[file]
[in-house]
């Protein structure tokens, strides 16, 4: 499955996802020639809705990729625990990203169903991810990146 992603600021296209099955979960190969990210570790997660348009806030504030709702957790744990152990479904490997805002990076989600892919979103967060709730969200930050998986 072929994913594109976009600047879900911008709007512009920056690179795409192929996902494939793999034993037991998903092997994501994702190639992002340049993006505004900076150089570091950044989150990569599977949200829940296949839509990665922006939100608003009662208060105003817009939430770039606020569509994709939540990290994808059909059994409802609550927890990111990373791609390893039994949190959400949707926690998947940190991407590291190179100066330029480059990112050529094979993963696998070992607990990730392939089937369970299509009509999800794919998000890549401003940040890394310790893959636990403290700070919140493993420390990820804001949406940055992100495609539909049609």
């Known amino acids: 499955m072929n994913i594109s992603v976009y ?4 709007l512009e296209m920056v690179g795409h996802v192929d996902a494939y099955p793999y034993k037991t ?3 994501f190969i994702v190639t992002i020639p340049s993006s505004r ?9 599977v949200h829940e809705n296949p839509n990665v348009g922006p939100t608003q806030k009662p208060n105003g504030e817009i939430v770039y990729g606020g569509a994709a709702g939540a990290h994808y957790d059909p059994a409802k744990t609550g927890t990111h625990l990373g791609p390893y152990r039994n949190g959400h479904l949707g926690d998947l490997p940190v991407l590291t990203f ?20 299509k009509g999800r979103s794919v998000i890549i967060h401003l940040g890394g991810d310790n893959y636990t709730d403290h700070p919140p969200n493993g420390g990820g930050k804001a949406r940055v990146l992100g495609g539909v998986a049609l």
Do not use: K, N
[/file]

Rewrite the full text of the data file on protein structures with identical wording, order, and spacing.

[in-house]
């Protein structure tokens, strides 16, 4: 499955996802020639809705990729625990990203169903991810990146 992603600021296209099955979960190969990210570790997660348009806030504030709702957790744990152990479904490997805002990076989600892919979103967060709730969200930050998986 072929994913594109976009600047879900911008709007512009920056690179795409192929996902494939793999034993037991998903092997994501994702190639992002340049993006505004900076150089570091950044989150990569599977949200829940296949839509990665922006939100608003009662208060105003817009939430770039606020569509994709939540990290994808059909059994409802609550927890990111990373791609390893039994949190959400949707926690998947940190991407590291190179100066330029480059990112050529094979993963696998070992607990990730392939089937369970299509009509999800794919998000890549401003940040890394310790893959636990403290700070919140493993420390990820804001949406940055992100495609539909049609």
């Known amino acids: 499955m072929n994913i594109s992603v976009y ?4 709007l512009e296209m920056v690179g795409h996802v192929d996902a494939y099955p793999y034993k037991t ?3 994501f190969i994702v190639t992002i020639p340049s993006s505004r ?9 599977v949200h829940e809705n296949p839509n990665v348009g922006p939100t608003q806030k009662p208060n105003g504030e817009i939430v770039y990729g606020g569509a994709a709702g939540a990290h994808y957790d059909p059994a409802k744990t609550g927890t990111h625990l990373g791609p390893y152990r039994n949190g959400h479904l949707g926690d998947l490997p940190v991407l590291t990203f ?20 299509k009509g999800r979103s794919v998000i890549i967060h401003l940040g890394g991810d310790n893959y636990t709730d403290h700070p919140p969200n493993g420390g990820g930050k804001a949406r940055v990146l992100g495609g539909v998986a049609l």
Do not use: K, N